Annually, the State of Connecticut’s Department of Housing provides discretionary money to homeless service providers across the 169 towns to coordinate an emergency response that includes day and night time shelter during cold weather, which is defined typically as December 1st to March 31.
The concept of pop-up beds in the winter months is that it brings people inside who are normally shelter resistant due to the temperature drops, while addressing inflow. We do not have enough shelter beds across the state to shelter everyone who is unhoused, so this is a way to try and temporarily meet that need during a high-risk time.
This year, the Friendship Service Center, Inc. (FSC) operated 40 cold-weather beds in New Britain in a church basement, increasing from 22 beds. We did not always have places for everyone in need to sleep from night to night throughout the season. And now, without those beds, we have a new crisis.
There are currently approximately 4,600 people experiencing homelessness in Connecticut, a number that includes children, and is an increase from previous years for a variety of reasons. Emergency shelter is the quickest way to stabilize people and keep them safe while they work toward obtaining stable housing.
While I applaud the state’s investment in emergency response to mitigate unsheltered community members dying on the streets from hypothermia, the distinction in temperature, and need, between March 31 and April 1 is arbitrary. Where are the 40 people being sheltered in a church supposed to go to sleep tonight? What can my staff tell them to lessen the blow of having to return to sleeping outside now, in weather no warmer than it was yesterday?
The way to end homelessness is to keep people housed, and house people experiencing homelessness quickly. The FSC, and many of our colleagues, are here for everything in between. But it requires funding and investments from the state, and it cannot be done in isolation.
HB6554, An Act to Rescue the Homelessness Response System, includes a $50 million funding ask, including increased funding for staffing (so that our employees may be compensated as the career professionals that they are); annualized cold weather funding; regional coordination support; and flexible rental assistance dollars to support the rapid rehousing of people in shelter or on the streets to create resource churn. There is currently no inclusion of funding increases to any part of our state’s homelessness response system in the Governor’s proposed budget.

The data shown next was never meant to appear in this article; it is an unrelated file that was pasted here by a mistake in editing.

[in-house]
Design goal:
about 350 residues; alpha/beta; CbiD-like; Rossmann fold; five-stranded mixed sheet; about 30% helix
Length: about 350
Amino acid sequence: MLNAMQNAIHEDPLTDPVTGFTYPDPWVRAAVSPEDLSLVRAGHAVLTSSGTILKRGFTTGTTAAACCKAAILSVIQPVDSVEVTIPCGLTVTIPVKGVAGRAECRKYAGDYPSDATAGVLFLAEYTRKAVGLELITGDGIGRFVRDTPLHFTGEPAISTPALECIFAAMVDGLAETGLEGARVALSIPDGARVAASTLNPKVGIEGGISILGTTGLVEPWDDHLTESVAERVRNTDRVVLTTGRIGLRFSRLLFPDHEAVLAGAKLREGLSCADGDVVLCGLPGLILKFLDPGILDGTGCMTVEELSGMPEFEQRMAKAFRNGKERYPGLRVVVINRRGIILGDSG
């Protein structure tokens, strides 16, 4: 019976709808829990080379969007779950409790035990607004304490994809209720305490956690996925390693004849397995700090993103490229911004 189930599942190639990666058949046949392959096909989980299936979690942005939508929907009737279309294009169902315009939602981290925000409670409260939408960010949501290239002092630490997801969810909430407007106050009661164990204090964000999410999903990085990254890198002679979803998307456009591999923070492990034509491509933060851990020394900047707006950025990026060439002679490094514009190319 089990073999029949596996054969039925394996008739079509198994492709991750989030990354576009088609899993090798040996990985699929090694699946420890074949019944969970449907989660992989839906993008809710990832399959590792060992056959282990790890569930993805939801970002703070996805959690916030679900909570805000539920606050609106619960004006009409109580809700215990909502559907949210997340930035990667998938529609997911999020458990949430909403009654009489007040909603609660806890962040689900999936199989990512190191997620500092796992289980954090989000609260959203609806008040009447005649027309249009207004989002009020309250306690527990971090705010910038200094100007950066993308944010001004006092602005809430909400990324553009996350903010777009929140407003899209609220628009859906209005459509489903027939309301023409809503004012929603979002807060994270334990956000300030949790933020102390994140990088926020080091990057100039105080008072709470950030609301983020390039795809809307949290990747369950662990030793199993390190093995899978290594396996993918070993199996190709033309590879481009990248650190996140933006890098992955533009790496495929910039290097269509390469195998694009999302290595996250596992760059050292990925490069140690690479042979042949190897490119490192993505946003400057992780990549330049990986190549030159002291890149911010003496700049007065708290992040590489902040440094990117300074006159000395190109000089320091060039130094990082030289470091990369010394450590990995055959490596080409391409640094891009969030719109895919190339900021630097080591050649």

I spoke with several of my Hope Connection Center staff, who operate our drop-in center program that has been the location for daytime cold weather services 8 a.m.-8 p.m. daily. Most admitted crying at some point in the day, alone in their offices and at times with the clients themselves, over the pain and helplessness of watching people struggle to find alternative options for safety when it was already known that they had none. People don’t sleep in a church basement if they have other options. Both staff and clients alike knew this program was ending, yet neither could fathom how the reality would hit them when the time came.
I myself cried this morning, as I always do when it rains, after experiencing the joy of waking up in my warm, cozy bed to the sound of rain on my bathroom skylight. I am hit with the realization that there are hundreds of people cold and wet after a long night outside. The fact that there is nothing we can do for our clients in this moment frustrates that sadness further.
The state holds the power to fund emergency shelter and protect unsheltered constituents, and I urge the Appropriations committee and Gov. Ned Lamont to take this responsibility seriously. The FSC, and our numerous statewide partners, are here to respond to the growing homelessness crisis in the state, and will manage it effectively and compassionately as we have been funded to do for all of these years. But we must be funded to do it.
The FSC has applied for capital improvement funds to renovate and expand our emergency shelter program at 241 Arch St. We are hoping that this revitalization will bring our potential shelter capacity from 39 beds to about 85 beds. It will likely still not be enough. Until we address housing and homelessness as a very real crisis, nothing will be.
Caitlin Rose is the Executive Director of the Friendship Service Center, Inc. in New Britain.